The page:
Cori McCarthy Took My Heart Again, AKA: Now A Major Motion Picture, Book Review

Now a Major Motion Picture by Cori McCarthy
My rating: 5 of 5 stars

Cori McCarthy, I love you! Just about 2 years ago I was writing about how I wanted to read everything you’ve written (Post You Were Here being added to my favorites list with a 5 star rating), and you’re pretty much making me squee and cry all over again. I am so very very glad that I was able to receive an ARC of this from the publisher via Edelweiss.

Fans of Fangirl (Rainbow Rowell) and even Morgan Matson – read this! You’ll get characters with actual feelings and problems, a super cute romance, nerdy stuff, and a love of escaping into fantasies and books and movies. I laughed, smiled, and had to hold back tears multiple times – they would probably have been streaming if I hadn’t been reading in a public setting, haha. I’m almost 30, and the coming of age/growth stuff still hits me in the feels. I look back at my review for You Were Here and find myself saying the same thing: “I loved all the characters and wish that Cori McCarthy would give us novels about each character by themselves.” She does a great job of the setting of Ireland too — I was able to visit for my honeymoon, and you truly do get lost in it, as is mentioned a few times. And again – the romance is truly “squee” worthy, though of course it’s just never enough. It was definitely on the lighter side, as the plot truly did revolve around other things. This is not a book that’s only focus is the love story between two people. You could say that it’s a love story in a whole lot of other ways, though.

My only qualms: the absent mother. She truly might as well not exist, for she meant absolutely nothing to this book except as some other stressor in Iris’ life. This is the only character that I either wish was removed or more details were given.

Some are wishing for Cori McCarthy to pull a Rainbow Rowell and publish the book form of the story – I want this 50x more than I wanted Carry On, because it doesn’t just seem like Fanfiction. Carry On really was like Harry Potter hybrid – Elementia seems more of a fantasy — it has more potential. But more so than an Elementia book do I want a 2nd Now A Major Motion Picture book, because I feel like maybe there’s more mystery to the grandmother (and maybe the mother?) … and you could also throw in some of Iris next step in life? And Eamon being successful? And…and… well. Maybe there doesn’t need to be another; I just want more!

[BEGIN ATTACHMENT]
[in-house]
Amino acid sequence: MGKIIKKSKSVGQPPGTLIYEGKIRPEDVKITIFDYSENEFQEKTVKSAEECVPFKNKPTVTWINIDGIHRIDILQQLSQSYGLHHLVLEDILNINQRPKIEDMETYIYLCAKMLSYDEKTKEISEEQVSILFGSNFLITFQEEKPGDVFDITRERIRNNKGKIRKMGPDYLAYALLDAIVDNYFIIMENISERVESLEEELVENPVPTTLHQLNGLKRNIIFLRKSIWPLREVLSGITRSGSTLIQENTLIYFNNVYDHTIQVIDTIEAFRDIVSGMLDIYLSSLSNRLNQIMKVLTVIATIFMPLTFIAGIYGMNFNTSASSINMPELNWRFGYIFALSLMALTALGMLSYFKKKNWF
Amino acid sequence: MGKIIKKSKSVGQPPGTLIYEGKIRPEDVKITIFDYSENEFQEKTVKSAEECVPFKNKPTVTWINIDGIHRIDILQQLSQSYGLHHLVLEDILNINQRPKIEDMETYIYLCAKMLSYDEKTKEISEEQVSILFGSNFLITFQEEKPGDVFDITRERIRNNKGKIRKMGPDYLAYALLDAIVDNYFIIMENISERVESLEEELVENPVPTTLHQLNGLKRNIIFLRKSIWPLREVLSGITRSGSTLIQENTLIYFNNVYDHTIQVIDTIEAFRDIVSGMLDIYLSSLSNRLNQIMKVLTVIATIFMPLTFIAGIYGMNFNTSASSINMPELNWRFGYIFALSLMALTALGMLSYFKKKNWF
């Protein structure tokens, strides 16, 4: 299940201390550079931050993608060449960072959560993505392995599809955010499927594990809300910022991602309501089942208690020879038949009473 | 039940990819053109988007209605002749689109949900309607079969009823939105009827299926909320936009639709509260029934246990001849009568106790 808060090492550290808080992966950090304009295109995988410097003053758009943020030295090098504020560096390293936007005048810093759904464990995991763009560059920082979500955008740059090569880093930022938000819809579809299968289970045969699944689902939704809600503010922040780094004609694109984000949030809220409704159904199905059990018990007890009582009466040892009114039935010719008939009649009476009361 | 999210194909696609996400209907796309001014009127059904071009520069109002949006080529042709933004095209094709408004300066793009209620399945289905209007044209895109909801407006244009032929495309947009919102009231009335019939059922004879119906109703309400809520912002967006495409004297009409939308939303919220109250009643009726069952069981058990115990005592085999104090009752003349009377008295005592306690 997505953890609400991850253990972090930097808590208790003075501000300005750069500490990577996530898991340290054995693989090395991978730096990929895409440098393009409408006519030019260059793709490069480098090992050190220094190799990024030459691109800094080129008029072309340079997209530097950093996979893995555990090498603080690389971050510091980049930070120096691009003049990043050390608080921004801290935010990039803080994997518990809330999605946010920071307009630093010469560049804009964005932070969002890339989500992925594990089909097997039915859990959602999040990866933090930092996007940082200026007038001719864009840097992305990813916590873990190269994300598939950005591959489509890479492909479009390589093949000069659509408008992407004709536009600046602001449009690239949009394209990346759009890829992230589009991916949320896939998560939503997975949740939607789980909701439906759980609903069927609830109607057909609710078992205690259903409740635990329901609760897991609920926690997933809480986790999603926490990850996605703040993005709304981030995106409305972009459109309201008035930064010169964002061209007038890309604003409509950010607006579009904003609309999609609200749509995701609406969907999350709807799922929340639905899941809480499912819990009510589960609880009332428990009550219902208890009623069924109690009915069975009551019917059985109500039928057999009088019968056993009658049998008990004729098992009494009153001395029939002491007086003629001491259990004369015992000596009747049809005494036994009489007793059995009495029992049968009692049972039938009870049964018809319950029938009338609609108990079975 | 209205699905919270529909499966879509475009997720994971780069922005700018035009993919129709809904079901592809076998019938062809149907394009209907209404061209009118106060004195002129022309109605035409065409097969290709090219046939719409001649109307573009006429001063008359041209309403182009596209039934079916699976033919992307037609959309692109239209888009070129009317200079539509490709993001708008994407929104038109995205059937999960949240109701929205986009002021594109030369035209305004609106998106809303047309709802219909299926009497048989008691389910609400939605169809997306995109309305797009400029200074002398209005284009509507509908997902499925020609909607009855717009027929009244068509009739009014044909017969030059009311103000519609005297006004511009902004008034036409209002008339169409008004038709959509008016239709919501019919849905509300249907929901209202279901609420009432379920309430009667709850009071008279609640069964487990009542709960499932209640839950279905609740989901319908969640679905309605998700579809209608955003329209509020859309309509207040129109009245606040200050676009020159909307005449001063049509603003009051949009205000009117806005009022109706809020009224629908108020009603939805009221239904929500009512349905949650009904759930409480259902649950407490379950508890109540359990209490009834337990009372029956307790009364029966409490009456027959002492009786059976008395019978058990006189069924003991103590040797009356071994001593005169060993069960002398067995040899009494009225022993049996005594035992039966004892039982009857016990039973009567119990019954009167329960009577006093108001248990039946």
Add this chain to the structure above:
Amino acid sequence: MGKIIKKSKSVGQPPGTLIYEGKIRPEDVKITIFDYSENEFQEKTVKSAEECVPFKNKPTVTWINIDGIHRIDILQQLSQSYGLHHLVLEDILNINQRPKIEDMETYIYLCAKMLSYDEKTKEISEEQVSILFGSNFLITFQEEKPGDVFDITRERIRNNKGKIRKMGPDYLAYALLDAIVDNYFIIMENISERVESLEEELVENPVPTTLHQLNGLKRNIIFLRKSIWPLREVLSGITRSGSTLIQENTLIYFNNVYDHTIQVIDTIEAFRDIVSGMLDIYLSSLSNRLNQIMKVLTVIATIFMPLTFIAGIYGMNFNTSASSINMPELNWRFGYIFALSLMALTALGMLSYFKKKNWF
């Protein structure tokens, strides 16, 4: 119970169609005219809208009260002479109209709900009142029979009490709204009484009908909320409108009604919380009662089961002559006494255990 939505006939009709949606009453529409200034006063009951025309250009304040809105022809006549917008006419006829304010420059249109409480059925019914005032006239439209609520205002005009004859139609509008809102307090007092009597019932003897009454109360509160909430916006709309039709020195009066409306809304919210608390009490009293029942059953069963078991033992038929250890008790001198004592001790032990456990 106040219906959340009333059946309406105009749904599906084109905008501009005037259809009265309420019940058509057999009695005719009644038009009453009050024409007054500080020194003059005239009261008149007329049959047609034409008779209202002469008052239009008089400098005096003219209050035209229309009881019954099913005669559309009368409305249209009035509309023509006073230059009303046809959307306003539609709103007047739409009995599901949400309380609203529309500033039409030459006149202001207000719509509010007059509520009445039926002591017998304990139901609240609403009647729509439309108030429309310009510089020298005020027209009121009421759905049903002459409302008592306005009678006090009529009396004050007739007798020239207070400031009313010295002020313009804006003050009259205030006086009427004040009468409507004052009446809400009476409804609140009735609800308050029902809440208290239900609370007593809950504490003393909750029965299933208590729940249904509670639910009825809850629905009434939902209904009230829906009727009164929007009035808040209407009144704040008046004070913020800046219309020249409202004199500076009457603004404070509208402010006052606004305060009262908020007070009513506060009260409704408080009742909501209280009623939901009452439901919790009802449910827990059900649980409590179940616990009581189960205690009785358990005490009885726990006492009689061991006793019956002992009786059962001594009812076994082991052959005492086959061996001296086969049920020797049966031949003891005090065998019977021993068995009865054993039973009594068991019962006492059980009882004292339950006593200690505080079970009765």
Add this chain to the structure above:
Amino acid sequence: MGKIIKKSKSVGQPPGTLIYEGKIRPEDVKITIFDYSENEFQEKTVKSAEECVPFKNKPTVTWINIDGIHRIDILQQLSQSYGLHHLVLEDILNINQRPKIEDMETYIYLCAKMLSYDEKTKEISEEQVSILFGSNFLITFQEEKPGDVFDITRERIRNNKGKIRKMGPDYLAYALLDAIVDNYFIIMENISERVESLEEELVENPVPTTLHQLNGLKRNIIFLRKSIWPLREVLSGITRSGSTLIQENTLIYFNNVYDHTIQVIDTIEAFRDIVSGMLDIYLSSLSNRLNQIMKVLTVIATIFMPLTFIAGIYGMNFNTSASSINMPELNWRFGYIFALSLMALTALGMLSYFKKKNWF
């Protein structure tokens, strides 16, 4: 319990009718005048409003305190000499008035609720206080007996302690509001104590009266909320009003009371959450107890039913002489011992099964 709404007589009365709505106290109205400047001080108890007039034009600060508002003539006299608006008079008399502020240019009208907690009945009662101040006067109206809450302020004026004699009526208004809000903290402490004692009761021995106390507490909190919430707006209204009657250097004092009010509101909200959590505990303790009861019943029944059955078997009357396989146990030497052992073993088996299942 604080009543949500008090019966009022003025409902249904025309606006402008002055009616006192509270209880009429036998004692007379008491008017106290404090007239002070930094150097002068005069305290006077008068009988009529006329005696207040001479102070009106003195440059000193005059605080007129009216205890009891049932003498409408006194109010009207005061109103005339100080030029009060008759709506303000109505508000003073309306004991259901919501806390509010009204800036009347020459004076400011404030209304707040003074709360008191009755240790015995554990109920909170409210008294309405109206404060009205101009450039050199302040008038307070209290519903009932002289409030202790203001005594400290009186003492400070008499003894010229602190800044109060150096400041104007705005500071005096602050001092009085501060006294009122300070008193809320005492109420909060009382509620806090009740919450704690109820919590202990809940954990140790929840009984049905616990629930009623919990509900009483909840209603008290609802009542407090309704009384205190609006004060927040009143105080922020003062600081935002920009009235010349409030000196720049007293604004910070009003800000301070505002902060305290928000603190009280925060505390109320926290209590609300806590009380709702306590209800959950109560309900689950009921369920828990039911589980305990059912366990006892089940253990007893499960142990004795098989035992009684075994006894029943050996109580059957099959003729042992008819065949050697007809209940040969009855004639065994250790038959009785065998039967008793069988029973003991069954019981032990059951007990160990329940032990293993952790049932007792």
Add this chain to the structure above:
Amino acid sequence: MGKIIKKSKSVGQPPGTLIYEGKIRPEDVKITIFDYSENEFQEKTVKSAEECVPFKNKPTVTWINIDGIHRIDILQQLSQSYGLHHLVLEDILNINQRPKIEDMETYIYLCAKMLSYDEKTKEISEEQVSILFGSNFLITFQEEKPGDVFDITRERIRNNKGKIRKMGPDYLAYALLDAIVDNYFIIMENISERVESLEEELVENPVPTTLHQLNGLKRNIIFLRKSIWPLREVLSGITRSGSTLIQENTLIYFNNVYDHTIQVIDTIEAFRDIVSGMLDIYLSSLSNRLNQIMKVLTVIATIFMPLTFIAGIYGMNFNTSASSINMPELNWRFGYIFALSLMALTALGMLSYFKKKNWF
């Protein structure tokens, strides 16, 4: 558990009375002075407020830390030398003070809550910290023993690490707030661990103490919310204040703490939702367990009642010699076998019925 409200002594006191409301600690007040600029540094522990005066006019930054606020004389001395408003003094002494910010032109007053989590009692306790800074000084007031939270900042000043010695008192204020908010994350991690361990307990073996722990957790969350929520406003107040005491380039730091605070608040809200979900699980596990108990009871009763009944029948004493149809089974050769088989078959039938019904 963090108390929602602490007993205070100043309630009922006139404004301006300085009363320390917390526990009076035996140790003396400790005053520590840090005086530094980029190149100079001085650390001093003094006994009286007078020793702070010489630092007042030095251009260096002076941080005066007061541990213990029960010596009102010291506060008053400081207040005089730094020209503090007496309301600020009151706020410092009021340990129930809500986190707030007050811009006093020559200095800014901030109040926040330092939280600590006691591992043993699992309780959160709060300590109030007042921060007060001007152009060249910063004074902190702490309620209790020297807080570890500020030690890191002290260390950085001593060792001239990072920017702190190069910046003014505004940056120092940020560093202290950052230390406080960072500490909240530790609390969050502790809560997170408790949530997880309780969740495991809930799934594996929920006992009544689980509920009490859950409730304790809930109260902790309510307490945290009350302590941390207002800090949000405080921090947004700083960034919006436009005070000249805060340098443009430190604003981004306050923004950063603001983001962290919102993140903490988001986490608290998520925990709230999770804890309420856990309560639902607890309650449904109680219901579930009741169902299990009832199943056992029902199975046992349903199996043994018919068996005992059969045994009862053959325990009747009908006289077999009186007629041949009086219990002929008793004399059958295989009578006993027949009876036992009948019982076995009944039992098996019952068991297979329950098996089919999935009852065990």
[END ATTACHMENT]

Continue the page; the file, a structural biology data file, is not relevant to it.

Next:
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You can get some of the books I mentioned here:

Zenn Diagram

Zenn Diagram by Wendy Brant
My rating: 5 of 5 stars

Man, I really love stand-alones because you’re less likely to get a cliffhanger of an ending, but I’m quite sad that this one is over! Eva is a math genius with a quirk – if she touches people (or certain things) she can “see” them. She gets “fractals” and can essentially learn lots about someone which has essentially caused her to stop touching people and objects unless she has to. When you can’t touch people or things, you’re going to come off to be somewhat odd – and Eva’s oddness has had her avoid guys pretty much her entire life. And then Zenn comes along.

There were a lot of interesting story arcs of this book that I wasn’t really expecting. I liked the tension and dramatic parts, but I also loved the fact that unlike many other romance books, there’s always something that causes an intense break up halfway through the novel, so you just spend hundreds of pages wanting that to happen. Thankfully, it doesn’t happen exactly like this in Zenn Diagram.

I’m surprised to look around and see lower reviews, because I sped through this and liked every minute. There is a hell of a lot of cheese, but I mean, who doesn’t like some swoony lit? I felt that it wasn’t overly predictable – some of the things that I thought were going to happen did not. I honestly thought there was going to be more drama with the best friend and her boytoy but no. It was simple and sweet with the drama in the background that’s really out of everyone’s control. I’m trying to come up with things I didn’t like, but I can truly get past them all to give this a 5 star rating. It made me squee just a little (and quite possibly yell that the ending was semi-abrupt).

Thanks to Netgalley for providing me with an ARC in exchange for an honest review!

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Artemis – Just As “Sciency” As The Martian!

Artemis by Andy Weir